25. ^ "Shinkai's 'your name.,' Kabaneri Win Top Newtype Anime Awards". Anime News Network. October 9, 2016. Retrieved October 9, 2016. 
  26. ^ "The List 6 Villains That Saved the Day". Anime News Network. May 20, 2017. Retrieved May 21, 2017. 
  27. ^ "Best 100 Anime Characters 2016". Animage. Japan: Tokuma Shoten. January 2017. 
  28. ^ Loveridge, Lynzee (September 30, 2017). "The List 7 Excellent Exorcists". Anime News Network. Retrieved September 30, 2017. 
  29. ^ "D.Gray-man ラバー キーホルダー アレン" [D.Gray-man Rubber Key Chain Allen] (in Japanese). Amazon.com. Archived from the original on August 19, 2016. Retrieved April 21, 2014. 
  30. ^ ぬいぐるみ(3種) [Stuffed animals (three)]. dgrayman-presents.jp (in Japanese). TV Tokyo. Archived from the original on March 2, 2008. Retrieved July 20, 2009. 
  31. ^ Bricken, Rob (July 19, 2009). "Astro Toy with Rob Bricken - D.Gray-Man Deformed Figure Series". Anime News Network. Archived from the original on May 10, 2016. Retrieved July 20, 2009. 
  32. ^ "D.Gray-man エクソシストのアレン Tシャツ ブラック : サイズ XL" [D.Gray-man Exorcist of Allen T-shirt Black: size XL] (in Japanese). Amazon.com. Archived from the original on August 19, 2016. Retrieved April 21, 2014. 
  33. ^ "D.Gray-man ディーグレイマン アレン ウォーカー Allen Walker 灰色ノ聖櫃 コスプレ衣装" [D.Gray-man D.Gray-man Allen Walker Allen Walker Haiirono tabernacle Cosplay Costume] (in Japanese). Amazon.com. Archived from the original on August 19, 2016. Retrieved April 21, 2014.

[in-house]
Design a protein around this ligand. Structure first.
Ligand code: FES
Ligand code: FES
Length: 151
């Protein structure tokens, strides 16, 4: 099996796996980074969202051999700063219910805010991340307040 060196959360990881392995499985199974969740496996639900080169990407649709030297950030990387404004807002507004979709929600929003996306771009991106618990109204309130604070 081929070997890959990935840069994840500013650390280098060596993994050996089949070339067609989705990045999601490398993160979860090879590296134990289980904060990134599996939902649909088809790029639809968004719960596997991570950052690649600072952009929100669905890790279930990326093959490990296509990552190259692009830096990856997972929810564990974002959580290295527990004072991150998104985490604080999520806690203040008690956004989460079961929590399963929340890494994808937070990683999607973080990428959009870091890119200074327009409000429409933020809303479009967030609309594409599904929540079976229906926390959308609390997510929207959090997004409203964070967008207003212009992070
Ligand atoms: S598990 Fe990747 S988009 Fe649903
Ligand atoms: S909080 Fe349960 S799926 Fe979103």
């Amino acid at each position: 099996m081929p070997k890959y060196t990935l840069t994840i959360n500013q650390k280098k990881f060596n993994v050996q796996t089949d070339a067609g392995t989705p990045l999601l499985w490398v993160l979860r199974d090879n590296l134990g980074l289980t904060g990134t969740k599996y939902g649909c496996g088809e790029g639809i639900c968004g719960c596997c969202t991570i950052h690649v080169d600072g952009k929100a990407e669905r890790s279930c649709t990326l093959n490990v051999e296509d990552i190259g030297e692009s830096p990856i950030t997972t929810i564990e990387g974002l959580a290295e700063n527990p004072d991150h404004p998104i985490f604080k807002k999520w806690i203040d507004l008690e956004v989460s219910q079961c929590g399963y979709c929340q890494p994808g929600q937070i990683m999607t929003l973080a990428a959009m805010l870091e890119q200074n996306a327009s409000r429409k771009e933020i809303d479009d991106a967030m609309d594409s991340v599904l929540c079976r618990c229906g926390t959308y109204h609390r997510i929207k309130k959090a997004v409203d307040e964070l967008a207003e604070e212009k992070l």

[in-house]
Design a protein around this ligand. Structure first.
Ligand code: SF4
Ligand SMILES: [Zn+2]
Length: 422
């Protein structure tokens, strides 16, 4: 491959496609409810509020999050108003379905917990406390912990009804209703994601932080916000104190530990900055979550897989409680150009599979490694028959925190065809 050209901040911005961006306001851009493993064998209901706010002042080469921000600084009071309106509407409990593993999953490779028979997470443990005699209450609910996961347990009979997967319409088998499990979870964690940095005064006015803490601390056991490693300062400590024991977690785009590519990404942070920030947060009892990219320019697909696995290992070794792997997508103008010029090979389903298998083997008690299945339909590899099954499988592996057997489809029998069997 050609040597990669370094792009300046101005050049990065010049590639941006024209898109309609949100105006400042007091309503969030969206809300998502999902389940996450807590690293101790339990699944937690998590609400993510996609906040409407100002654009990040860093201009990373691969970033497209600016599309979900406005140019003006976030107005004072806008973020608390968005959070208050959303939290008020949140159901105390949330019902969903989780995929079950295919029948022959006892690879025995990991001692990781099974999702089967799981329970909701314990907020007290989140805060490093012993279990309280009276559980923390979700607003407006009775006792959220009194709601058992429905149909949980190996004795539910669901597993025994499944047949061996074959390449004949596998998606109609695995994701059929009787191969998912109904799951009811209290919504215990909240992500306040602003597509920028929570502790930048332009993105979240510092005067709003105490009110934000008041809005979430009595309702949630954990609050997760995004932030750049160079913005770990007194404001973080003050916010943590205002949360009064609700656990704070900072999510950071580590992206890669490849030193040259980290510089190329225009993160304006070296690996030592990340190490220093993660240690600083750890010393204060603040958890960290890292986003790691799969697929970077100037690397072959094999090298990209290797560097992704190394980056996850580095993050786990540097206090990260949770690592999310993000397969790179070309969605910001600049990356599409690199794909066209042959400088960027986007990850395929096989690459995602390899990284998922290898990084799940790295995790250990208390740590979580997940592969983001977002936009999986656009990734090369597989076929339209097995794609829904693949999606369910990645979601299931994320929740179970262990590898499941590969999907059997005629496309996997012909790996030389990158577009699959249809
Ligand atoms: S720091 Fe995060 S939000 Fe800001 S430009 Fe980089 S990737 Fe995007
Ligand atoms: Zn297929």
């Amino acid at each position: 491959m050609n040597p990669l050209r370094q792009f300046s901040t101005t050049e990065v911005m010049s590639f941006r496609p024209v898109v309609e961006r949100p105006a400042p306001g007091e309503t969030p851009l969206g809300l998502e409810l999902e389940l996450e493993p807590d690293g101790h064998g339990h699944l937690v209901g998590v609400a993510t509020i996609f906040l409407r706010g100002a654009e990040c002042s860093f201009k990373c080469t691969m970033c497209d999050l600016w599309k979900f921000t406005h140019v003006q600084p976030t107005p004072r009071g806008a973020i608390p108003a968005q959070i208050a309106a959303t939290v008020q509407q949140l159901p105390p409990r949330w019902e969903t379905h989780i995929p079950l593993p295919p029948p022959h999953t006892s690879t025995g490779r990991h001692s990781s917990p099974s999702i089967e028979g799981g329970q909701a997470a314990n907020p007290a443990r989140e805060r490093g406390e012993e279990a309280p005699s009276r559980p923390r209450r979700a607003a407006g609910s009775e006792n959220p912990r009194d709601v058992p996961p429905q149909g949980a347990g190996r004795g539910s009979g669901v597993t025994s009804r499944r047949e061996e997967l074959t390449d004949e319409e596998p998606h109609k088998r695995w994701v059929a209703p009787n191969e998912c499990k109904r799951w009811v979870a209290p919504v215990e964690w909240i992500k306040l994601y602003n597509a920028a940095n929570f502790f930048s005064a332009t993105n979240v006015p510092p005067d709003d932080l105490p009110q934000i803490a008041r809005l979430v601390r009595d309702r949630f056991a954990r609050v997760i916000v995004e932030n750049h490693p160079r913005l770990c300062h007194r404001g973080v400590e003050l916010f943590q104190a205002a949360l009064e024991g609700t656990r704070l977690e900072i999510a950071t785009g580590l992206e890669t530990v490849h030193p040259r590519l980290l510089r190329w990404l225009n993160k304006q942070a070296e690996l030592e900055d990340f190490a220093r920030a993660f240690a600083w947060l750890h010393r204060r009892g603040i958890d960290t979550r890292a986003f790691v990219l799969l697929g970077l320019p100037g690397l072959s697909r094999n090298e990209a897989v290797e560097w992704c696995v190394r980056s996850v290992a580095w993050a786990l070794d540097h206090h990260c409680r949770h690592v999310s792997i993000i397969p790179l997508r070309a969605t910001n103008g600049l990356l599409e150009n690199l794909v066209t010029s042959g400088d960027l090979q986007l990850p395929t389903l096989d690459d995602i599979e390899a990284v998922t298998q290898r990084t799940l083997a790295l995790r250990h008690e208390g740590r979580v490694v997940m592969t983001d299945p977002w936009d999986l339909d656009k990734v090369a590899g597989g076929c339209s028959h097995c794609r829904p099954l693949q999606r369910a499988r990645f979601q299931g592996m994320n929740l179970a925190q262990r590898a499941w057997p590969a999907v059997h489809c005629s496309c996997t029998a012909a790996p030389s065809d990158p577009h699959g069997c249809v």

34. ^ Puffin, Muff (2008). We Love Cosplay Girls: More Live Anime Heroines from Japan. DH Publishing Inc. p. 52. ASIN B01HCASJ62. 
  35. ^ Ellard, Amanda (October 1, 2016). "D.Gray-man Celebrates Halloween with Themed Cafe". Anime News Network. Retrieved October 9, 2016. 
  36. ^ McNeil, Sheena (May 1, 2006). "D.Gray-Man Vol. 1". Sequential Tart. Archived from the original on August 19, 2016. Retrieved July 24, 2009. 
  37. ^ a b Brienza, Casey (June 4, 2009). "D.Gray-man DVD Season One Part One". Anime News Network. Archived from the original on August 11, 2016. Retrieved August 21, 2009. 
  38. ^ Aronson, Michael. "D.Gray-Man v1". Manga Life. Silver Bullet Comics. Archived from the original on December 2, 2008. Retrieved August 8, 2009. 
  39. ^ Henson, Brian (September 5, 2007). "D. Gray-man Vol. #05". Mania Beyond Entertainment. Archived from the original on November 4, 2012. Retrieved May 16, 2016. 
  40. ^ Santos, Carlo (April 18, 2008). "Full Frontal Alchemy - RIGHT TURN ONLY!!". Anime News Network. Archived from the original on May 7, 2016. Retrieved July 24, 2009. 
  41. ^ Sparrow, A.E. (April 20, 2009). "D. Gray-Man Vol. 1 Review". IGN. Ziff Davis. Archived from the original on August 9, 2016. Retrieved July 24, 2009. 
  42. ^ Douglass Jr., Todd (March 31, 2009). "D. Gray-Man: Season One, Part One". DVD Talk. Archived from the original on September 6, 2014. Retrieved August 9, 2016. 
  43. ^ Leathers, Kevin (January 25, 2010). "ANIME REVIEW: D.Gray-Man Series 1 Part 1". UK Anime Network. Archived from the original on July 1, 2016. Retrieved May 16, 2016. 
  44. ^ Tonhat, Tom (July 25, 2009). "Anime Review: D.Gray-Man, Season 1". Escapist. Archived from the original on June 11, 2016. Retrieved May 16, 2016. 
  45. ^ Scholes, Sandra (May 3, 2010). "D. Gray-Man Season 1 Part 2". Active Anime. Archived from the original on June 23, 2016. Retrieved May 19, 2016. 
  46. ^ Osborn, Richard (July 5, 2016). "D.Gray-man Hallow Episode 1". IGN. Archived from the original on July 5, 2016. Retrieved November 25, 2016.